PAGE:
Hawes Spencer is a journalist who has reported for the New York Times, NPR, the Hook, and other publications. He has taught journalism at Virginia Commonwealth University and James Madison University. For over two decades, Hawes Spencer edited two weekly newspapers in Charlottesville,
James W. Loewen is the bestselling and award-winning author of Lies My Teacher Told Me, Lies Across America, and Lies My Teacher Told Me About Christopher Colombus, as well as Teaching What Really Happened, The Mississippi Chinese, and The Confederate and Neo-Confederate
Here in Charlottesville, Virginia, I like to point out that the rallies of racists are mostly imported from out of state. It’s tempting to relax comfortably on that assertion, and to reflect on how our great lord and master Thomas Jefferson owned people with more reluctance and inner turmoil than Barack Obama bombing a foreign country or Donald Trump mouthing kind or coherent phrases from a teleprompter.
Reality is a little more troubling. Jefferson was a vicious and heartless profiteer and
By David Swanson, FireDonaldTrump.org
Some say the world will end in Trump,
Some say in Pence.
From what I’ve heard out on the stump,
I hold with those who favor Trump;
For if he’s stopped they both might be.
If not, the chance may come too late
For Mr. Pence the throne to capture
And make our fate
His longed-for rapture.
Several years back, I led a team of authors drafting articles of impeachment against then-President George W. Bush for then-Congressman Dennis Kucinich. We drafted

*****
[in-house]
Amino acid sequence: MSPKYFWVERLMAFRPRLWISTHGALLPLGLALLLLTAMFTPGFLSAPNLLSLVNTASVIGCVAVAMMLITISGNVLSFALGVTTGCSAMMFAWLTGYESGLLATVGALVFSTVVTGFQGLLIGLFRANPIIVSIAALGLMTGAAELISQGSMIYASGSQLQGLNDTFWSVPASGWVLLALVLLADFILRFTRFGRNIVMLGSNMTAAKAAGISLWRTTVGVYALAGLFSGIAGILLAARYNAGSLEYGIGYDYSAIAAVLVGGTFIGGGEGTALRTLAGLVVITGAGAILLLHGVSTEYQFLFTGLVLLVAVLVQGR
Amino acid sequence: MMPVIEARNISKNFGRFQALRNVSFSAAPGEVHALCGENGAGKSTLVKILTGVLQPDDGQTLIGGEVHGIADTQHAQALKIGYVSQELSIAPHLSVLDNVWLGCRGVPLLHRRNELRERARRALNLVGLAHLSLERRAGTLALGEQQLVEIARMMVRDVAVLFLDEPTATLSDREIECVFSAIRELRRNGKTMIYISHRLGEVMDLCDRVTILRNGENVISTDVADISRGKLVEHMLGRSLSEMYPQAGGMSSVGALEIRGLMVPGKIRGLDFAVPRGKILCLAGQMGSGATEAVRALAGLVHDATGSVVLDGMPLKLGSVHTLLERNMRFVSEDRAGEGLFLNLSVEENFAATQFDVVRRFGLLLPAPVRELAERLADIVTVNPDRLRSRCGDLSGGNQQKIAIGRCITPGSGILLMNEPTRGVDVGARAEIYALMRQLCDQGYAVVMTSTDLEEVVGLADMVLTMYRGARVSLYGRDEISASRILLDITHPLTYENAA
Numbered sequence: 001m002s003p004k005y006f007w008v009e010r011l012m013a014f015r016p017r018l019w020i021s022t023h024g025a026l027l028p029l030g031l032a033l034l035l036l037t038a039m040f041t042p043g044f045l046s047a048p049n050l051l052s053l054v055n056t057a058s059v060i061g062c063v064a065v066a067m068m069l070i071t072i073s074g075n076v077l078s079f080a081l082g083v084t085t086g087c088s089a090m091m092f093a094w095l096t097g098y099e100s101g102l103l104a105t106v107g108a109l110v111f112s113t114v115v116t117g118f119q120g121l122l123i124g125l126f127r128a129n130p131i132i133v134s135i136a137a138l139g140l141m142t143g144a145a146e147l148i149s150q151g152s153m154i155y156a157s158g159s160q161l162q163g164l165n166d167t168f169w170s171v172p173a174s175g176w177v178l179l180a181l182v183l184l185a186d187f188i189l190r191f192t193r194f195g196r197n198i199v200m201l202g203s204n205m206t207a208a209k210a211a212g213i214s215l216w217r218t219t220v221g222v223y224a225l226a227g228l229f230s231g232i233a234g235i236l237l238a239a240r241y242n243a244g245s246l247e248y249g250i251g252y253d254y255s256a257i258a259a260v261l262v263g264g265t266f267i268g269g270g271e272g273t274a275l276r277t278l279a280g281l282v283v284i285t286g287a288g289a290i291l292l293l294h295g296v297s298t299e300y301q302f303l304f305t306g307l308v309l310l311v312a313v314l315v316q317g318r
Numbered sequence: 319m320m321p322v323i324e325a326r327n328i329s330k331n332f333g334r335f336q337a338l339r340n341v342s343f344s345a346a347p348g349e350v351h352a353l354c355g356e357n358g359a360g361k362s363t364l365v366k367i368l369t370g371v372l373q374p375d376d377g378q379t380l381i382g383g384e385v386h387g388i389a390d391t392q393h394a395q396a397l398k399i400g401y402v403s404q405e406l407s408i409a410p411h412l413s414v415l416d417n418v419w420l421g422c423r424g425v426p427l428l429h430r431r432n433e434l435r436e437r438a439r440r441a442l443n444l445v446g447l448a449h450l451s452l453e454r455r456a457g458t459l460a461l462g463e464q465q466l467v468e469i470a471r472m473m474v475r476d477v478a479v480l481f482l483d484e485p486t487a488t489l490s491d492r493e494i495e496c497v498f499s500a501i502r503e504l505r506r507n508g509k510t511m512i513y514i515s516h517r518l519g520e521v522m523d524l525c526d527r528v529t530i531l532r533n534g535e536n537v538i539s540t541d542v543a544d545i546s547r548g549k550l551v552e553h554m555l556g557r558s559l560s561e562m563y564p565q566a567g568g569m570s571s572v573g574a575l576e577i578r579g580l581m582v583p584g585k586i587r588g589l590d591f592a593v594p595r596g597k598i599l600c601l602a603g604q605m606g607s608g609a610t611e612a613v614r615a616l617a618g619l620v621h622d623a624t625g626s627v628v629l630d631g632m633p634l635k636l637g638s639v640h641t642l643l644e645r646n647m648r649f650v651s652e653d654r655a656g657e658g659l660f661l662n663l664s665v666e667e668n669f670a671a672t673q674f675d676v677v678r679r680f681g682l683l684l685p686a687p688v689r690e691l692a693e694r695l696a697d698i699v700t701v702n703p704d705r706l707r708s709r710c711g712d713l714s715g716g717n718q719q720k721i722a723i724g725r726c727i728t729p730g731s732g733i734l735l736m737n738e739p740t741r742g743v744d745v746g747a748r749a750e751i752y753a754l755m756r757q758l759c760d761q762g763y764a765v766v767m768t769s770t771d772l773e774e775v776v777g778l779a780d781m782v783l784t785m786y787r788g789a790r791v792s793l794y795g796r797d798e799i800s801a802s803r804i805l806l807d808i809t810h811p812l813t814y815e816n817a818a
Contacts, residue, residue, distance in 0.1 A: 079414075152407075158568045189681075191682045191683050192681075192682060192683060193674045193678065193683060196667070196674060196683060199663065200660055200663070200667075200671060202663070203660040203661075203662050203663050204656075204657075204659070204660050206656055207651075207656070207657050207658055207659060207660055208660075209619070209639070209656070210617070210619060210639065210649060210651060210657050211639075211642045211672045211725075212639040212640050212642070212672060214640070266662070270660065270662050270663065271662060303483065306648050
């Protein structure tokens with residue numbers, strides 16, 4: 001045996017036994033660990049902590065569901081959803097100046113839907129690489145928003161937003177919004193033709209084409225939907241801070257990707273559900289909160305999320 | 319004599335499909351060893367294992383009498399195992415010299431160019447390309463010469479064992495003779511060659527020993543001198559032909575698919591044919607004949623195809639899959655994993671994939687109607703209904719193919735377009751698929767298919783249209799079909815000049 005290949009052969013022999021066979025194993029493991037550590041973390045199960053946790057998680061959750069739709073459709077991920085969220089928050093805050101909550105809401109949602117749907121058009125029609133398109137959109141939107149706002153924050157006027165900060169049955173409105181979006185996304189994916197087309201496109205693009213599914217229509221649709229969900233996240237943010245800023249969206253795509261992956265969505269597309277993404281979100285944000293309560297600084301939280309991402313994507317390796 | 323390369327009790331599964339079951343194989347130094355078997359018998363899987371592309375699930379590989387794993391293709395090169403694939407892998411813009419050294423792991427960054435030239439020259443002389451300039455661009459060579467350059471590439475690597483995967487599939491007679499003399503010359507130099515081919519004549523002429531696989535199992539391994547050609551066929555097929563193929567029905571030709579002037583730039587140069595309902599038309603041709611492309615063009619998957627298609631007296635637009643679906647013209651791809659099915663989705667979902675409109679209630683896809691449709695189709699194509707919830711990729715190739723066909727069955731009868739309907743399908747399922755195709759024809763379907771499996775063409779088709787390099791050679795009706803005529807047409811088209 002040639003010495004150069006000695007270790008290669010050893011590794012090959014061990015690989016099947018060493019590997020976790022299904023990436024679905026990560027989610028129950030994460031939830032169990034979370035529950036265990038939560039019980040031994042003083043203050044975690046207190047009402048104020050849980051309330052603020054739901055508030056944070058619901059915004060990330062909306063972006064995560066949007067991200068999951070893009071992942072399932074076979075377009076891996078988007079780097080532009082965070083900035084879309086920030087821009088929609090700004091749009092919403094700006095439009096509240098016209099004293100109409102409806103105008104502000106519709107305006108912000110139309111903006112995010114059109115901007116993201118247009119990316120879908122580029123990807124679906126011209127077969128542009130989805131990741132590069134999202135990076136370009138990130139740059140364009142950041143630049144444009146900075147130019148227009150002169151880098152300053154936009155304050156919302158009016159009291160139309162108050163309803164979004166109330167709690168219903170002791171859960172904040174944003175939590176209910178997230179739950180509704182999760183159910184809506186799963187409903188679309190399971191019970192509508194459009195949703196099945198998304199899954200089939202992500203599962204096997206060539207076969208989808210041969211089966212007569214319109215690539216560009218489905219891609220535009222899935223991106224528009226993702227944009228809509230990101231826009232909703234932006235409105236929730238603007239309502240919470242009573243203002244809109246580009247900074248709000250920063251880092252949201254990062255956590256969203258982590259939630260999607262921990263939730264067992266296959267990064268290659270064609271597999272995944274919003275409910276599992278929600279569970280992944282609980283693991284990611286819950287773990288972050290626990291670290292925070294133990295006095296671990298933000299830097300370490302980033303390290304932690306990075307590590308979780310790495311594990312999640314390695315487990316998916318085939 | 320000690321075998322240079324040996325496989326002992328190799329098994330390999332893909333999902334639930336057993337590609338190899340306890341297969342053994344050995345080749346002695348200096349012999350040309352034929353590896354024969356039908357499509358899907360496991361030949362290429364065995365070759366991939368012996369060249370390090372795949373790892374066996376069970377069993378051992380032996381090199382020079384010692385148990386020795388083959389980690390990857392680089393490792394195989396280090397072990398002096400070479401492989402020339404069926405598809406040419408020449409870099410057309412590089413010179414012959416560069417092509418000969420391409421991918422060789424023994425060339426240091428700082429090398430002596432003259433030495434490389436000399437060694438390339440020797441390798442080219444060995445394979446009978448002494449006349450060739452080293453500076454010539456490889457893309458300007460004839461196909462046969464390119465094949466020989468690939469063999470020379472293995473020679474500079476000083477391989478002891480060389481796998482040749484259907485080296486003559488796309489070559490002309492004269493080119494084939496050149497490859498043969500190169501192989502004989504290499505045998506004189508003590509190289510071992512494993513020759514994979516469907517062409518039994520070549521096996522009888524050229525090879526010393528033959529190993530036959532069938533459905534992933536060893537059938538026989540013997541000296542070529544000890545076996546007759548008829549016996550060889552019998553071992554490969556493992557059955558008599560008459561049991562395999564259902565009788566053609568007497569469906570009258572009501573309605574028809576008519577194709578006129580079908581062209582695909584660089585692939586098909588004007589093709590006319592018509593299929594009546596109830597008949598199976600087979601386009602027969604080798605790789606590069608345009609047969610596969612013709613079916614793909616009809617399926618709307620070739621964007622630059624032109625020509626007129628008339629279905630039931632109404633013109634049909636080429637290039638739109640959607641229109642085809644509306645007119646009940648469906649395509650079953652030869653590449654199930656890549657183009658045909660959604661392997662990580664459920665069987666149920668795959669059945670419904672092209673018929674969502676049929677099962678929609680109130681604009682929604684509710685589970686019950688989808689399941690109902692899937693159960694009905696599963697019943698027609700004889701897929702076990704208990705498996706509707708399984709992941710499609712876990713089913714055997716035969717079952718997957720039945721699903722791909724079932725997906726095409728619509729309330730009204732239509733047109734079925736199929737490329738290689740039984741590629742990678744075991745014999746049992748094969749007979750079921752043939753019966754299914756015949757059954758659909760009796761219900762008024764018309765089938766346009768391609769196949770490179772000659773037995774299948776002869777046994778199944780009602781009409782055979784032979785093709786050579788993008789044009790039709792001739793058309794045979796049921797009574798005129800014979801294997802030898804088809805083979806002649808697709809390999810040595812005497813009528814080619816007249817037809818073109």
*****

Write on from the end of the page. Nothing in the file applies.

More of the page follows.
Under the new policy just announced in Charlottesville, Virginia, the city will be taking down all but the non-racist war monuments and memorials in all of its public spaces.
Three monuments to the Confederate war, fought to maintain slavery — those of Robert E. Lee, Stonewall Jackson, and a generic Confederate soldier — will all be removed under the new guidelines.
In addition a heroic equestrian monument to George Rogers Clark is coming down, as Native American genocide has been ruled
The people of Durham , N.C., have the right idea. Not only have they taken down a Confederate war statue themselves, but they’ve lined up en masse to turn themselves in for that crime, overwhelming the so-called justice system.
The people of Wunsiedel, Germany, have the right idea. They’ve responded to Nazi marches by funding anti-Nazi groups for every Nazi marcher, and cheering on and thanking the marchers.
The people of Richardson, Texas, have the right idea. Members of a mosque intervened
James Loewen’s books include Lies Across America: What Our Historic Sites Get Wrong, Lies My Teacher Told Me and Sundown Towns: A Hidden Dimension of American Racism. Earlier this year, he spoke at a symposium in Richmond on Confederate monuments and memorials,
When a small number of heavily armed Ku Klux Klanners from North Carolina are given vast amounts of media attention for holding a rally here in Charlottesville, Va., on July 8th, I believe people opposed to violence and racism should go nowhere near them but in no way ignore them.
The inclination to ignore them and hope they’ll fade away into history like trials by ordeal or dueling is strong. Judging by popular social norms and their dwindling membership, the KKK seems to be on
Those of us who consider it disgraceful to have a giant statue of Robert E. Lee on his horse in a park in the middle of Charlottesville, and another of Stonewall Jackson for that matter, should try to understand those who think removing one of these statues is an outrage.
I don’t claim to understand them, and certainly don’t suggest they all think alike. But there are certain recurring themes if you listen to or read the words of those who think Lee should stay. They’re worth